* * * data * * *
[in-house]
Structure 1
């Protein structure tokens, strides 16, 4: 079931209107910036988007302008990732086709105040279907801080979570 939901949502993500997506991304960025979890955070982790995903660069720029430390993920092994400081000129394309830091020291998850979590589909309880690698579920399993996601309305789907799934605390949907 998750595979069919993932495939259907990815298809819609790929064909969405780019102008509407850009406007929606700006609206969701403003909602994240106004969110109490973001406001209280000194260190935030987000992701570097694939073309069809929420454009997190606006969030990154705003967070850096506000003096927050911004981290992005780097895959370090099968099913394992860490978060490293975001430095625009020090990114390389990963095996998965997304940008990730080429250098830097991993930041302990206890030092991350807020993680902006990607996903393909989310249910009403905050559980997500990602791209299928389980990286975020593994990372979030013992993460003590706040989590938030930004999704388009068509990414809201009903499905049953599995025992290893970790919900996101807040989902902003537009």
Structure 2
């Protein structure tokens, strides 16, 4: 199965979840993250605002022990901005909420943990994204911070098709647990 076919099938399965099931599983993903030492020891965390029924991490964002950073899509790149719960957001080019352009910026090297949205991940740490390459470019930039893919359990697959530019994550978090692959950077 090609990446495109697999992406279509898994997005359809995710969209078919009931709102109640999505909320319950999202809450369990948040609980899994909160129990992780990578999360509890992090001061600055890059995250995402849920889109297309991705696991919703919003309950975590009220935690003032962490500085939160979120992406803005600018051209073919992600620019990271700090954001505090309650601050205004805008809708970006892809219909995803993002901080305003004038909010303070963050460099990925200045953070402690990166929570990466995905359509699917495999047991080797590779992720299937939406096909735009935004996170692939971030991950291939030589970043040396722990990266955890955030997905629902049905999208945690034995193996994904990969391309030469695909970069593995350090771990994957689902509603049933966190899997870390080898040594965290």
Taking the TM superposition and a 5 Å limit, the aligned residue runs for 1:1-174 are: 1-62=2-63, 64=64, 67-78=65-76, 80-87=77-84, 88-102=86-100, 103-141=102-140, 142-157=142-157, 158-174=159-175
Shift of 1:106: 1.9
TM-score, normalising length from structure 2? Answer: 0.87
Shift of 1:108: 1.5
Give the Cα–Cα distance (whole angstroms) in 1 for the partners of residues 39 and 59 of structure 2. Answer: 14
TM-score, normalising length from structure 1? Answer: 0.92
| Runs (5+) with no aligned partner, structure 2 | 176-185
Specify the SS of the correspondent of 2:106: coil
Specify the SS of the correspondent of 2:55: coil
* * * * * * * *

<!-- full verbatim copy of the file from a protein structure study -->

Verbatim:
[in-house]
Structure 1
């Protein structure tokens, strides 16, 4: 079931209107910036988007302008990732086709105040279907801080979570 939901949502993500997506991304960025979890955070982790995903660069720029430390993920092994400081000129394309830091020291998850979590589909309880690698579920399993996601309305789907799934605390949907 998750595979069919993932495939259907990815298809819609790929064909969405780019102008509407850009406007929606700006609206969701403003909602994240106004969110109490973001406001209280000194260190935030987000992701570097694939073309069809929420454009997190606006969030990154705003967070850096506000003096927050911004981290992005780097895959370090099968099913394992860490978060490293975001430095625009020090990114390389990963095996998965997304940008990730080429250098830097991993930041302990206890030092991350807020993680902006990607996903393909989310249910009403905050559980997500990602791209299928389980990286975020593994990372979030013992993460003590706040989590938030930004999704388009068509990414809201009903499905049953599995025992290893970790919900996101807040989902902003537009």
Structure 2
């Protein structure tokens, strides 16, 4: 199965979840993250605002022990901005909420943990994204911070098709647990 076919099938399965099931599983993903030492020891965390029924991490964002950073899509790149719960957001080019352009910026090297949205991940740490390459470019930039893919359990697959530019994550978090692959950077 090609990446495109697999992406279509898994997005359809995710969209078919009931709102109640999505909320319950999202809450369990948040609980899994909160129990992780990578999360509890992090001061600055890059995250995402849920889109297309991705696991919703919003309950975590009220935690003032962490500085939160979120992406803005600018051209073919992600620019990271700090954001505090309650601050205004805008809708970006892809219909995803993002901080305003004038909010303070963050460099990925200045953070402690990166929570990466995905359509699917495999047991080797590779992720299937939406096909735009935004996170692939971030991950291939030589970043040396722990990266955890955030997905629902049905999208945690034995193996994904990969391309030469695909970069593995350090771990994957689902509603049933966190899997870390080898040594965290």
Taking the TM superposition and a 5 Å limit, the aligned residue runs for 1:1-174 are: 1-62=2-63, 64=64, 67-78=65-76, 80-87=77-84, 88-102=86-100, 103-141=102-140, 142-157=142-157, 158-174=159-175
Shift of 1:106: 1.9
TM-score, normalising length from structure 2? Answer: 0.87
Shift of 1:108: 1.5
Give the Cα–Cα distance (whole angstroms) in 1 for the partners of residues 39 and 59 of structure 2. Answer: 14
TM-score, normalising length from structure 1? Answer: 0.92
| Runs (5+) with no aligned partner, structure 2 | 176-185
Specify the SS of the correspondent of 2:106: coil
Specify the SS of the correspondent of 2:55: coil